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Painting of Edge Hill

Learning about the aspects and structures of a plantation is crucial to understanding the lives of enslaved families and their enslavers. Our project explores the Edge Hill plantation, specifically the main house, the kitchen, the horse barn, the creek, the overseer's cabin, and the families who resided at Edge Hill. We describe these structures in the context of their uses at the Edge Hill property as well as in the greater sense of plantation owners in North Carolina in the 19th century. 

The goal of our project and research guide is to direct one through the structures and the insides of a plantation in 19th century North Carolina. We explain the stories of the facilities in which both the families of Edge Hill lived and the enslaved worked.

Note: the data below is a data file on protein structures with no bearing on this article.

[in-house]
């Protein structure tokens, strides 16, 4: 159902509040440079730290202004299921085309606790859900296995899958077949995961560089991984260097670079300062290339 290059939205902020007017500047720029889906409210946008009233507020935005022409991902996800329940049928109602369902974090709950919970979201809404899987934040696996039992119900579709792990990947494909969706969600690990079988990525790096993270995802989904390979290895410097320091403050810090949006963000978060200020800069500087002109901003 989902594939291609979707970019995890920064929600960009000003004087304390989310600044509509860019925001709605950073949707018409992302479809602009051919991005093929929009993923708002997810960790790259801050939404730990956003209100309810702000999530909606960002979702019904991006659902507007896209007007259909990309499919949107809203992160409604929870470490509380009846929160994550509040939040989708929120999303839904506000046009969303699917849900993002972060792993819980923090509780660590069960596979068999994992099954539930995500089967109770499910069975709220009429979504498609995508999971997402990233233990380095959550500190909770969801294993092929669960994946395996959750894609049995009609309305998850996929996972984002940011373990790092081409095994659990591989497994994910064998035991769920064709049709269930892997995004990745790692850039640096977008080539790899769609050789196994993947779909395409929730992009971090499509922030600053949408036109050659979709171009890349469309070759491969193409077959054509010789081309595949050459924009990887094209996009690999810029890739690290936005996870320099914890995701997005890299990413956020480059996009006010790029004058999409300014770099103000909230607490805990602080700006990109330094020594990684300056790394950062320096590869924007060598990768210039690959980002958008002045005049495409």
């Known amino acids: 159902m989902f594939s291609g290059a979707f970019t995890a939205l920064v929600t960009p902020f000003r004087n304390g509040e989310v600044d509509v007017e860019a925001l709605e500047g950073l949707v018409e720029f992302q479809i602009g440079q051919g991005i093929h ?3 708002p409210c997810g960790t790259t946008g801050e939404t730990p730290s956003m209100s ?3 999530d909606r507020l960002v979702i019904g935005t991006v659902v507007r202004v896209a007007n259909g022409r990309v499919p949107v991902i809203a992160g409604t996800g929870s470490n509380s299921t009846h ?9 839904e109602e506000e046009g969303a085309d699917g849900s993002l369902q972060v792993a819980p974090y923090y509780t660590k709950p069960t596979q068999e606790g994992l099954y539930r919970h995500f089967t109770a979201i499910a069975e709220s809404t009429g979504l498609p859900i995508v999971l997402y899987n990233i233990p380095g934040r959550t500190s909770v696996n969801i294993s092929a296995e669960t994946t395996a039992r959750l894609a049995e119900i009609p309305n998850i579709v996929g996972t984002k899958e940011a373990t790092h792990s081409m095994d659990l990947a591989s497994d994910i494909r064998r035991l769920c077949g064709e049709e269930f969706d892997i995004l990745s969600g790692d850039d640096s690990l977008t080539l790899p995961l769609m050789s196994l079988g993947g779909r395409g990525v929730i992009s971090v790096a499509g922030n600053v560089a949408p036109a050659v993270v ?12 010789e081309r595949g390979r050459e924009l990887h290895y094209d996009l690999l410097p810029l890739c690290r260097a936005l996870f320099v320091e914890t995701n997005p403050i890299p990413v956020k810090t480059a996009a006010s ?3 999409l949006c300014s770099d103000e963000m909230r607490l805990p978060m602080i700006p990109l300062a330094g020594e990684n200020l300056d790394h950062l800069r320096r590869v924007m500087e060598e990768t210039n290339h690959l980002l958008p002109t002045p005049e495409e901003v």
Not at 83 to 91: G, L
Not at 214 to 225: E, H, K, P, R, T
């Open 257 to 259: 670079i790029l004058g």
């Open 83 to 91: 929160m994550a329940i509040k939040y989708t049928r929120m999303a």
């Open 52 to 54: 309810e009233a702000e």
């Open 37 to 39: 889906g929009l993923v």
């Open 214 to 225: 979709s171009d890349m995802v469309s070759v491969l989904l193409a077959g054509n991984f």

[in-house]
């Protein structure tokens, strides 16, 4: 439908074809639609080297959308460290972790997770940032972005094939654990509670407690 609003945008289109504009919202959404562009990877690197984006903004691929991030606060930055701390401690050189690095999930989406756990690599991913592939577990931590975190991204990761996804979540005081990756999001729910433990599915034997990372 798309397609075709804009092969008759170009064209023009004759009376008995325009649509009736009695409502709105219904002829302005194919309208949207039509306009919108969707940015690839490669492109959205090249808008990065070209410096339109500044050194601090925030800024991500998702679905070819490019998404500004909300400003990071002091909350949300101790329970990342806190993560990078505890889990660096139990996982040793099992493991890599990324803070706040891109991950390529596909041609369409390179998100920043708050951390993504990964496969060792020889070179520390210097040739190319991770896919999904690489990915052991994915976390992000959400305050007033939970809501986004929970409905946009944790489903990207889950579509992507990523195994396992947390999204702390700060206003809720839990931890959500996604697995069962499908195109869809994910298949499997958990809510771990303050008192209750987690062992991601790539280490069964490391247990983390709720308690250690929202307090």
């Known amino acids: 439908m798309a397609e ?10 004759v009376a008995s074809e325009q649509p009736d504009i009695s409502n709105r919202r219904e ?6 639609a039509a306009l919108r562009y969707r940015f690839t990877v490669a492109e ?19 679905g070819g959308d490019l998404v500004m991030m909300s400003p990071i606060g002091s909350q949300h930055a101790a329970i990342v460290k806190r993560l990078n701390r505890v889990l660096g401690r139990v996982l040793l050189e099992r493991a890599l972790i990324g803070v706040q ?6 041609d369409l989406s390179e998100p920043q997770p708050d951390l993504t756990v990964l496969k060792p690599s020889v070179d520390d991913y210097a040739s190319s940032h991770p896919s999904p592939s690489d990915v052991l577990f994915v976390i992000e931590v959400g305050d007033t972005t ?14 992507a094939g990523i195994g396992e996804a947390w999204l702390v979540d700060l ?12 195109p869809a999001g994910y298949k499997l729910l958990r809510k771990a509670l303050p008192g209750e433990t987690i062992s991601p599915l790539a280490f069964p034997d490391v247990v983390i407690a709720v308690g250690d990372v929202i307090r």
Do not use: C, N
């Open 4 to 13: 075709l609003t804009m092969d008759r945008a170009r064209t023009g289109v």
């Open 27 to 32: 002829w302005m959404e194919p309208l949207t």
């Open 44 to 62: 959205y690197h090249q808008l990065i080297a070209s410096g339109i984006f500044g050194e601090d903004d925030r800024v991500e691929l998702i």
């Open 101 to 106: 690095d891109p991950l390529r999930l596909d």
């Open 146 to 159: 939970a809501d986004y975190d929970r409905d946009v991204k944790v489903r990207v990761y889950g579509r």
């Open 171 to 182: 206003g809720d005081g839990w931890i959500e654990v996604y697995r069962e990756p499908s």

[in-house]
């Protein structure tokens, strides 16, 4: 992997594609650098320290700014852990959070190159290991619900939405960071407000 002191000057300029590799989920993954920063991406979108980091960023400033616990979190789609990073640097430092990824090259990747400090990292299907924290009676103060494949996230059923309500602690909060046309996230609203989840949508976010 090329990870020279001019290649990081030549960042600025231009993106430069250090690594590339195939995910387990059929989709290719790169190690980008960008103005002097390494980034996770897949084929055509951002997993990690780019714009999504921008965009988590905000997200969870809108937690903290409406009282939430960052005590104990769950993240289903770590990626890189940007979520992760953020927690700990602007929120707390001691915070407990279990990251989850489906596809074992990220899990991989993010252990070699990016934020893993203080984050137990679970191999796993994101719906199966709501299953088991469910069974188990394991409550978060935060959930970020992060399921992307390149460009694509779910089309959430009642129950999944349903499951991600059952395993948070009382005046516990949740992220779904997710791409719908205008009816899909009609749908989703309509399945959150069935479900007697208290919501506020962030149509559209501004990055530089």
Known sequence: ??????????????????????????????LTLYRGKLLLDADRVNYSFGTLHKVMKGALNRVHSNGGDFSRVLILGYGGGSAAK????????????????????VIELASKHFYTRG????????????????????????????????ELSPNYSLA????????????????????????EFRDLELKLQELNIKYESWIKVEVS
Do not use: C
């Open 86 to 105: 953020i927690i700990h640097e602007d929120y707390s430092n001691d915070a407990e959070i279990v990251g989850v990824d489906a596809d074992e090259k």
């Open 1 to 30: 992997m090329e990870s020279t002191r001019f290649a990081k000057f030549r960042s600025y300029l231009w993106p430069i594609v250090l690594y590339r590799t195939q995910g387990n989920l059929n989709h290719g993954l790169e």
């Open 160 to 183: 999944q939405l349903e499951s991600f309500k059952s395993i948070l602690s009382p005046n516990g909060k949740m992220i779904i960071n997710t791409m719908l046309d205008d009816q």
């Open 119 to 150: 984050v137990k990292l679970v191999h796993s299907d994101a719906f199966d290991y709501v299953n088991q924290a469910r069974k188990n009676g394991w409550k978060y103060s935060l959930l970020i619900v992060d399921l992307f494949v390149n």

While the plaque at the bottom of the Painting of Edge Hill has the title “Bradley Plantation,” Edge Hill did not necessarily have all the components to be considered a formal plantation. A plantation is defined as a “large property or land holding dependent on the labor of enslaved people.” For the Bradley Family, Edge Hill was considered their summer home where they would vacation to get a break from their “intemperate and rural Cape Fear plantations,” which were other plantation properties that were not located on the water. Even though Edge Hill was not their primary home, they still considered it a plantation for the social status that it granted them. Naming this property a plantation increased the Bradley Family’s social status because plantations were deeply rooted in a society that was largely divided by class and status due to the plantation system during this time period.